What Happened to Morton H. Smith, Mr. Lucas?

I really should be preparing my paper for Prolegomea and Theology right now (since it’s due Thursday), rather than blogging, but in the process of doing some research on Robert Lewis Dabney‘s view of the source of theology, I ran across an article titled “Southern Fried Kuyper?: Robert Lewis Dabney, Abraham Kuyper, and the Limitations of Public Theology.” Not very helpful, frankly, given the topic of my paper, but there was one comment in the footnotes that got my blood pressure up just a wee bit.

While speaking of the celebrations that surrounded the centennial of Kuyper’s death, and the lack of attention received upon the centennial of Dabney’s death, Lucas points out that part of the reason for Dabney being ignored is the official academic position on Dabney:

“The official academic position on Dabney remains that he was ‘a racist, a strident reactionary, and an embittered man . . . not the most attractive of historical figures,’ still it is strange that such a pivotal figure in American Presbyterian history, a revered theologian in a tradition that exalts theology, is remembered mainly by those who advocate keeping the stars and bars above southern state houses or those who believe in contemporary forms of patriarchy.” – Sean Michael Lucas, “Southern Fried Kuyper” in Westminster Theological Journal 66, no. 1 (Spr 2004), 180.

While there’s nothing in particular in that quote that is bound to get me upset (other than the fact that Kuyper’s patriarchy and racism are overlooked), it was the footnote to this statement that really ticked me off:

“The exception to this scholarly consensus is historian Eugene D. Genovese, who single-handedly has rescued the southern Presbyterian theologians from oblivion and restored some measure of intellectual respect to their work.” – Ibid., n2 (emphasis mine).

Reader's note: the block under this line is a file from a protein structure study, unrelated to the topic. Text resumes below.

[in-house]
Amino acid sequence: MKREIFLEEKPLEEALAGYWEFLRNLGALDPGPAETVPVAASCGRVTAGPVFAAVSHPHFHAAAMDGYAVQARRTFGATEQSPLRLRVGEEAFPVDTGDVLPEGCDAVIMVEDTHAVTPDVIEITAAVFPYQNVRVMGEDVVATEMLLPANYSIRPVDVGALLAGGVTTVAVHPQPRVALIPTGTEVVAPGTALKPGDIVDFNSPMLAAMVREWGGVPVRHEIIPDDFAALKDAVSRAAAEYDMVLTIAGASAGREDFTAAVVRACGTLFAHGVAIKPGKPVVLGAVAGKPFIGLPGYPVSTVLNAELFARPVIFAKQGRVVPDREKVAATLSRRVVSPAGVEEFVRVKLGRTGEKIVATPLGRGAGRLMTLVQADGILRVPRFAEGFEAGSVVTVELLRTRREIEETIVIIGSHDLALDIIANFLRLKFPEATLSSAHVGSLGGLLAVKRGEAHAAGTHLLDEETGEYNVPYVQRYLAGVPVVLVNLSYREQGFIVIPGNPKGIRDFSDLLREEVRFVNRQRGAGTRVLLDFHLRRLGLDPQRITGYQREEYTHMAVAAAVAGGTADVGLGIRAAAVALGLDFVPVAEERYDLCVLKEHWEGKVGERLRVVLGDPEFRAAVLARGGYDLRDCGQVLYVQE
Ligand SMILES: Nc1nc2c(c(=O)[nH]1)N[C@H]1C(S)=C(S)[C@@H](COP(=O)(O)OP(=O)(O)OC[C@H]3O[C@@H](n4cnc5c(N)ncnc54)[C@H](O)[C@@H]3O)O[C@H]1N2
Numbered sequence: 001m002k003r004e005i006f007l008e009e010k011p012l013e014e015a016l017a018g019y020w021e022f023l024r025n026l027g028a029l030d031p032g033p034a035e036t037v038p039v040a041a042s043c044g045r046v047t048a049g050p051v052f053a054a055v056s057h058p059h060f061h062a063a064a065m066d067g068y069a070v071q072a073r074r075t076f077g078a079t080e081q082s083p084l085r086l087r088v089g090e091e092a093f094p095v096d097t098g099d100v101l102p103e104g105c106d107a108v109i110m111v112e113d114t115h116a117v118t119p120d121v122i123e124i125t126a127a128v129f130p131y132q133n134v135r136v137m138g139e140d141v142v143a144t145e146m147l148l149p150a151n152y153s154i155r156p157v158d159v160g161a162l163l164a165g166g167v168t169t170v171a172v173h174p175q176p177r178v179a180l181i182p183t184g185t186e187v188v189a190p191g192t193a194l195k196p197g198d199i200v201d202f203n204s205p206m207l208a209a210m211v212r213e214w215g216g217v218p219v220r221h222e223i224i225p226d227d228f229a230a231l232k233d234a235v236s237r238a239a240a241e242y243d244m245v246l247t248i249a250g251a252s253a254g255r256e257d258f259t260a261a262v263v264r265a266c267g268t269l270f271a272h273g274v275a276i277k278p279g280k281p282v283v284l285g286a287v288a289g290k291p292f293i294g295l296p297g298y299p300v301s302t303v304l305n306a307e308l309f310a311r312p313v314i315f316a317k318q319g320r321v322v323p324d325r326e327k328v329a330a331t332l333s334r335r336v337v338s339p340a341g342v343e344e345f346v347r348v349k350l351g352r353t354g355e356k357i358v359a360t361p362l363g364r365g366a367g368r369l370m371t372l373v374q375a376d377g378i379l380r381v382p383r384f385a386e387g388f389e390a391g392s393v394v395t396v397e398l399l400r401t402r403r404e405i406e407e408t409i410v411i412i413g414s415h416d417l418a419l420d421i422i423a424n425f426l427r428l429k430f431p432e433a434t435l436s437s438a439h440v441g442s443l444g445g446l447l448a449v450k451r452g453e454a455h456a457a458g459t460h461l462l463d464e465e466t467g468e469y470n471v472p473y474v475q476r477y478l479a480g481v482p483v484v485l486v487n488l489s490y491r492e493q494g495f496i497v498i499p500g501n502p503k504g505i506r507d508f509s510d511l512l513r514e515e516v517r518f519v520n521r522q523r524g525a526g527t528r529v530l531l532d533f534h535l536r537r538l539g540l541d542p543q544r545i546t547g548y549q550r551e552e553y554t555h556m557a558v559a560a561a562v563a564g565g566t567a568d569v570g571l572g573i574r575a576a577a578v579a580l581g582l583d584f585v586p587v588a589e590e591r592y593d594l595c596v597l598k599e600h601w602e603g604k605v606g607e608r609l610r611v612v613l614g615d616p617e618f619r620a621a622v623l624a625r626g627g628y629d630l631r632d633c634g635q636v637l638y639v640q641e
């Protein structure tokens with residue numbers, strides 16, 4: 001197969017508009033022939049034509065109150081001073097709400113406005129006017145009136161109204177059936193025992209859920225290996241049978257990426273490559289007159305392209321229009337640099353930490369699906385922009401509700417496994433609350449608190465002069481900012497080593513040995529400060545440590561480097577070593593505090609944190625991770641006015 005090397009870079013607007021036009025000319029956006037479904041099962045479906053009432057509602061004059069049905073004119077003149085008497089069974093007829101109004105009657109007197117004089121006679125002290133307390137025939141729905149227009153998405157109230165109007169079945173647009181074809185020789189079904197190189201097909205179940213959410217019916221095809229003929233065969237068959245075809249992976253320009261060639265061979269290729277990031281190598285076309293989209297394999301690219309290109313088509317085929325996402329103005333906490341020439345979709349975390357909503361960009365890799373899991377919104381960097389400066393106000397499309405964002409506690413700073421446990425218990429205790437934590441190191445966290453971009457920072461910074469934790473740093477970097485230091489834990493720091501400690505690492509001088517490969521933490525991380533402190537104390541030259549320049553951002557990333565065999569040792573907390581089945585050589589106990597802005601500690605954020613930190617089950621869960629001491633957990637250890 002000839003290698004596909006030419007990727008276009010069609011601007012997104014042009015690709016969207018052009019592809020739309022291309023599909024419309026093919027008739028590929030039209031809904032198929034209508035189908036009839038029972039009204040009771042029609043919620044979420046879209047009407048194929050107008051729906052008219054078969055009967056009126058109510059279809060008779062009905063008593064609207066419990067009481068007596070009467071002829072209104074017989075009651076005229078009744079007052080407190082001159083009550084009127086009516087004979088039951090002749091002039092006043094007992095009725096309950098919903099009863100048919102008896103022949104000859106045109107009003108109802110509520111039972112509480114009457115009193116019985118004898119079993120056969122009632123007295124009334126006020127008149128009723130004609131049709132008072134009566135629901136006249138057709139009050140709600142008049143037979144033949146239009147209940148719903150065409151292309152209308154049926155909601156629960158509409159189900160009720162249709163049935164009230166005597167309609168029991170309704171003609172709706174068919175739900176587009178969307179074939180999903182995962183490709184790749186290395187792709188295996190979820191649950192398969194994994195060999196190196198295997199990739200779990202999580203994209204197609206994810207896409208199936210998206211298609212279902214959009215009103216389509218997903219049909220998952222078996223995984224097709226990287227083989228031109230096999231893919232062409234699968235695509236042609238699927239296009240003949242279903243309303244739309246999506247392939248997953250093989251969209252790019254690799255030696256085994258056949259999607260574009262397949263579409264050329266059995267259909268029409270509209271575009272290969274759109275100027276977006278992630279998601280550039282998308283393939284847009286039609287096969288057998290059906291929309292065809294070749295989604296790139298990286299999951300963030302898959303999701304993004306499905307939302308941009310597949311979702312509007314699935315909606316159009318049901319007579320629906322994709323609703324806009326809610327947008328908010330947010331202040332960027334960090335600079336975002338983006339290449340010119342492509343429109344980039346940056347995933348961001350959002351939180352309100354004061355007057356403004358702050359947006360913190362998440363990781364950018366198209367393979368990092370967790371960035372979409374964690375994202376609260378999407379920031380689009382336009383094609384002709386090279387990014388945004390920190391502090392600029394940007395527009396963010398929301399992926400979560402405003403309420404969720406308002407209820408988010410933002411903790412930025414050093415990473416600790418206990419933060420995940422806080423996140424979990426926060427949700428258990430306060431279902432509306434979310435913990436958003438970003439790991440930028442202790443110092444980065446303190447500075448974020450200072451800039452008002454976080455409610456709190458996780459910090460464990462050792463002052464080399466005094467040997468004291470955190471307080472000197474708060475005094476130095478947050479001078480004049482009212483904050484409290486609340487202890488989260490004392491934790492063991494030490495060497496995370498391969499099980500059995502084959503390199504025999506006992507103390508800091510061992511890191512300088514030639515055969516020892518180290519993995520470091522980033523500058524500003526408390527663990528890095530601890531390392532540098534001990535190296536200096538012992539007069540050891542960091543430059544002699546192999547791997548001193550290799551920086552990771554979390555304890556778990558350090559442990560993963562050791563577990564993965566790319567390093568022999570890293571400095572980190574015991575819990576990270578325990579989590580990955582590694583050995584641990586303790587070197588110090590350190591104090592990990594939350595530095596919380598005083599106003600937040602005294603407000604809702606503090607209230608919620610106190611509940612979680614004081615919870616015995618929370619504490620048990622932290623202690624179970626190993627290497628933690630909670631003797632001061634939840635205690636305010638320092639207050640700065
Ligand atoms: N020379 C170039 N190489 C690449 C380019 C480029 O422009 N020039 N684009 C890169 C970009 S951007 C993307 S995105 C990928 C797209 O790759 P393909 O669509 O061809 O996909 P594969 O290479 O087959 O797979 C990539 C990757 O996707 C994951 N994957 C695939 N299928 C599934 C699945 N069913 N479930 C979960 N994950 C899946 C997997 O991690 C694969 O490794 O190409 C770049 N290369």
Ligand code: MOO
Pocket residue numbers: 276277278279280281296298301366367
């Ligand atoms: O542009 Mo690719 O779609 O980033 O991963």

Eugene Genovese is perhaps best known for his book, Roll, Jordan, Roll: The World Slaves Made, published in 1976. He has written widely on Southern Presbyterian theologians as well, as have his students, such as Erskine Clarke’s Our Southern Zion. But to say that Genovese, “single-handedly…rescued the southern Presbyterian theologians from oblivion” is to ignore the work of perhaps the last of the great Southern Presbyterians, Dr. Morton H. Smith, first Stated Clerk of the PCA, and founder of Reformed Theological Seminary and Greenville Presbyterian Theological Seminary. He wrote his doctoral dissertation, titled Studies in Southern Presbyterian Theology, in 1962 – Genovese’s major historiographical works on slavery and the South wouldn’t appear for another 8 years.

Frankly, the fact that anyone still knows names like Thornwell, Dabney, Girardeau, Plumer, Davies, Palmer, Jones, and more besides, is because of Morton Smith.

Give the man the credit he is due.

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